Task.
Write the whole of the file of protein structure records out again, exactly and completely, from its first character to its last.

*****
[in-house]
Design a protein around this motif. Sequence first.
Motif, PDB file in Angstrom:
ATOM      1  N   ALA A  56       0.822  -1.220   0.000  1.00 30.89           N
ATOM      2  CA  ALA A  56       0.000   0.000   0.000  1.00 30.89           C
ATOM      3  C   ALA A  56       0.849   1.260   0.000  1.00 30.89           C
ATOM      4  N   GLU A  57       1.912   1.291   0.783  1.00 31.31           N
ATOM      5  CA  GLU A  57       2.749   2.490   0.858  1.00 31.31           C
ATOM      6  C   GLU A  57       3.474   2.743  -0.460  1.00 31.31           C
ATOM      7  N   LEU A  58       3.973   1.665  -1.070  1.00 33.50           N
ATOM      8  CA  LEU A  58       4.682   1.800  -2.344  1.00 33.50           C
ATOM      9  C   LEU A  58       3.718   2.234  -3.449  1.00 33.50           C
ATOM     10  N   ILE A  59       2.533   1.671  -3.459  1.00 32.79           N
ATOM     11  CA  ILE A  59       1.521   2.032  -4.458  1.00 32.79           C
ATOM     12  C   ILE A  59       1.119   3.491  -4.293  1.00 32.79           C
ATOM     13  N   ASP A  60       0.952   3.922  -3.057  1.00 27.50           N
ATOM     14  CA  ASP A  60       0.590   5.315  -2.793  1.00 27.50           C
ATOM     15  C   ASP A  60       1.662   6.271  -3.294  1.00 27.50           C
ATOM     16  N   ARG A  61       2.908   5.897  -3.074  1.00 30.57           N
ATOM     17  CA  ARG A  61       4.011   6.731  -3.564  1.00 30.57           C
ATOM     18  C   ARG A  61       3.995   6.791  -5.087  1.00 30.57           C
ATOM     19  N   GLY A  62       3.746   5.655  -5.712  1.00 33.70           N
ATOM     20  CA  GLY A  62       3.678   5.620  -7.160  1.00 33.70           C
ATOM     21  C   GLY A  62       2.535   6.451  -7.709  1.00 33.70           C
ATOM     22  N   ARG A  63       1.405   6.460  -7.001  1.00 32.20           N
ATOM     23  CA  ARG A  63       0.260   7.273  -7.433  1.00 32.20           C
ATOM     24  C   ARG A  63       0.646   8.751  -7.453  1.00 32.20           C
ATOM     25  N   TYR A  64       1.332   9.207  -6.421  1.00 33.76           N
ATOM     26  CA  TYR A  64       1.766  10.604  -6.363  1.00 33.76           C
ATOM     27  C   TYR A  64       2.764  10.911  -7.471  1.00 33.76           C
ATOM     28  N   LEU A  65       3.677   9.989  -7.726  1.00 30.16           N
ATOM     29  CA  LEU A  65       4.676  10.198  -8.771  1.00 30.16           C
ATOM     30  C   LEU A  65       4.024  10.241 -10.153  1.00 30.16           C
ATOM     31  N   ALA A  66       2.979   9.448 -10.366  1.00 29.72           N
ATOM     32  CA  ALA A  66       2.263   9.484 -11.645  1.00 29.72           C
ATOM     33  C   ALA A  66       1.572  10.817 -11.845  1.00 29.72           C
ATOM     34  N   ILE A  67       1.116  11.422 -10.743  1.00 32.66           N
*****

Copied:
[in-house]
Design a protein around this motif. Sequence first.
Motif, PDB file in Angstrom:
ATOM      1  N   ALA A  56       0.822  -1.220   0.000  1.00 30.89           N
ATOM      2  CA  ALA A  56       0.000   0.000   0.000  1.00 30.89           C
ATOM      3  C   ALA A  56       0.849   1.260   0.000  1.00 30.89           C
ATOM      4  N   GLU A  57       1.912   1.291   0.783  1.00 31.31           N
ATOM      5  CA  GLU A  57       2.749   2.490   0.858  1.00 31.31           C
ATOM      6  C   GLU A  57       3.474   2.743  -0.460  1.00 31.31           C
ATOM      7  N   LEU A  58       3.973   1.665  -1.070  1.00 33.50           N
ATOM      8  CA  LEU A  58       4.682   1.800  -2.344  1.00 33.50           C
ATOM      9  C   LEU A  58       3.718   2.234  -3.449  1.00 33.50           C
ATOM     10  N   ILE A  59       2.533   1.671  -3.459  1.00 32.79           N
ATOM     11  CA  ILE A  59       1.521   2.032  -4.458  1.00 32.79           C
ATOM     12  C   ILE A  59       1.119   3.491  -4.293  1.00 32.79           C
ATOM     13  N   ASP A  60       0.952   3.922  -3.057  1.00 27.50           N
ATOM     14  CA  ASP A  60       0.590   5.315  -2.793  1.00 27.50           C
ATOM     15  C   ASP A  60       1.662   6.271  -3.294  1.00 27.50           C
ATOM     16  N   ARG A  61       2.908   5.897  -3.074  1.00 30.57           N
ATOM     17  CA  ARG A  61       4.011   6.731  -3.564  1.00 30.57           C
ATOM     18  C   ARG A  61       3.995   6.791  -5.087  1.00 30.57           C
ATOM     19  N   GLY A  62       3.746   5.655  -5.712  1.00 33.70           N
ATOM     20  CA  GLY A  62       3.678   5.620  -7.160  1.00 33.70           C
ATOM     21  C   GLY A  62       2.535   6.451  -7.709  1.00 33.70           C
ATOM     22  N   ARG A  63       1.405   6.460  -7.001  1.00 32.20           N
ATOM     23  CA  ARG A  63       0.260   7.273  -7.433  1.00 32.20           C
ATOM     24  C   ARG A  63       0.646   8.751  -7.453  1.00 32.20           C
ATOM     25  N   TYR A  64       1.332   9.207  -6.421  1.00 33.76           N
ATOM     26  CA  TYR A  64       1.766  10.604  -6.363  1.00 33.76           C
ATOM     27  C   TYR A  64       2.764  10.911  -7.471  1.00 33.76           C
ATOM     28  N   LEU A  65       3.677   9.989  -7.726  1.00 30.16           N
ATOM     29  CA  LEU A  65       4.676  10.198  -8.771  1.00 30.16           C
ATOM     30  C   LEU A  65       4.024  10.241 -10.153  1.00 30.16           C
ATOM     31  N   ALA A  66       2.979   9.448 -10.366  1.00 29.72           N
ATOM     32  CA  ALA A  66       2.263   9.484 -11.645  1.00 29.72           C
ATOM     33  C   ALA A  66       1.572  10.817 -11.845  1.00 29.72           C
ATOM     34  N   ILE A  67       1.116  11.422 -10.743  1.00 32.66           N